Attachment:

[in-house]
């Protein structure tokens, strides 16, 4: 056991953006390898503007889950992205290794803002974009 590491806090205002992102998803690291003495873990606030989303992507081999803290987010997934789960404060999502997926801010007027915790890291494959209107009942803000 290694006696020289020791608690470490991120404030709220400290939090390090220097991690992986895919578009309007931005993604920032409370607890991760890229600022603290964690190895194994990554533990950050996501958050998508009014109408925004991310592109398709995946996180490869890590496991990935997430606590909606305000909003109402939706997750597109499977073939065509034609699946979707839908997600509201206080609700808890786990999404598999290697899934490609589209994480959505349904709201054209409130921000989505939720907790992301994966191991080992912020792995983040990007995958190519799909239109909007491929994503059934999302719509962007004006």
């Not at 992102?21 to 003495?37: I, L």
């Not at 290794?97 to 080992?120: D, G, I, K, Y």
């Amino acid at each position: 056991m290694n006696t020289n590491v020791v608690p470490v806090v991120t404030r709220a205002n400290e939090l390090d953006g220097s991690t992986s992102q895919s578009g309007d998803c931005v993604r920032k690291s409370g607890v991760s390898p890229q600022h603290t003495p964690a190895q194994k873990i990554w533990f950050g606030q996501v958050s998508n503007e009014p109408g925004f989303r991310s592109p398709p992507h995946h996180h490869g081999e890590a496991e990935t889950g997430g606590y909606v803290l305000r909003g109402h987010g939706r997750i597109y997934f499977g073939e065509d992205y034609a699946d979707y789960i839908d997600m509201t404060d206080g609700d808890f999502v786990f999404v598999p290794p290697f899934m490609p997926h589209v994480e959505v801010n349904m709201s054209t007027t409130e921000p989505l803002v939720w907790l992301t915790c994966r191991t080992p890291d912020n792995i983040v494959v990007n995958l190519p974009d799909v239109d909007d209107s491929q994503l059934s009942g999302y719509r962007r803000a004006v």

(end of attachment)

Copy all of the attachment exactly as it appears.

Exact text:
[in-house]
């Protein structure tokens, strides 16, 4: 056991953006390898503007889950992205290794803002974009 590491806090205002992102998803690291003495873990606030989303992507081999803290987010997934789960404060999502997926801010007027915790890291494959209107009942803000 290694006696020289020791608690470490991120404030709220400290939090390090220097991690992986895919578009309007931005993604920032409370607890991760890229600022603290964690190895194994990554533990950050996501958050998508009014109408925004991310592109398709995946996180490869890590496991990935997430606590909606305000909003109402939706997750597109499977073939065509034609699946979707839908997600509201206080609700808890786990999404598999290697899934490609589209994480959505349904709201054209409130921000989505939720907790992301994966191991080992912020792995983040990007995958190519799909239109909007491929994503059934999302719509962007004006």
């Not at 992102?21 to 003495?37: I, L």
């Not at 290794?97 to 080992?120: D, G, I, K, Y």
């Amino acid at each position: 056991m290694n006696t020289n590491v020791v608690p470490v806090v991120t404030r709220a205002n400290e939090l390090d953006g220097s991690t992986s992102q895919s578009g309007d998803c931005v993604r920032k690291s409370g607890v991760s390898p890229q600022h603290t003495p964690a190895q194994k873990i990554w533990f950050g606030q996501v958050s998508n503007e009014p109408g925004f989303r991310s592109p398709p992507h995946h996180h490869g081999e890590a496991e990935t889950g997430g606590y909606v803290l305000r909003g109402h987010g939706r997750i597109y997934f499977g073939e065509d992205y034609a699946d979707y789960i839908d997600m509201t404060d206080g609700d808890f999502v786990f999404v598999p290794p290697f899934m490609p997926h589209v994480e959505v801010n349904m709201s054209t007027t409130e921000p989505l803002v939720w907790l992301t915790c994966r191991t080992p890291d912020n792995i983040v494959v990007n995958l190519p974009d799909v239109d909007d209107s491929q994503l059934s009942g999302y719509r962007r803000a004006v």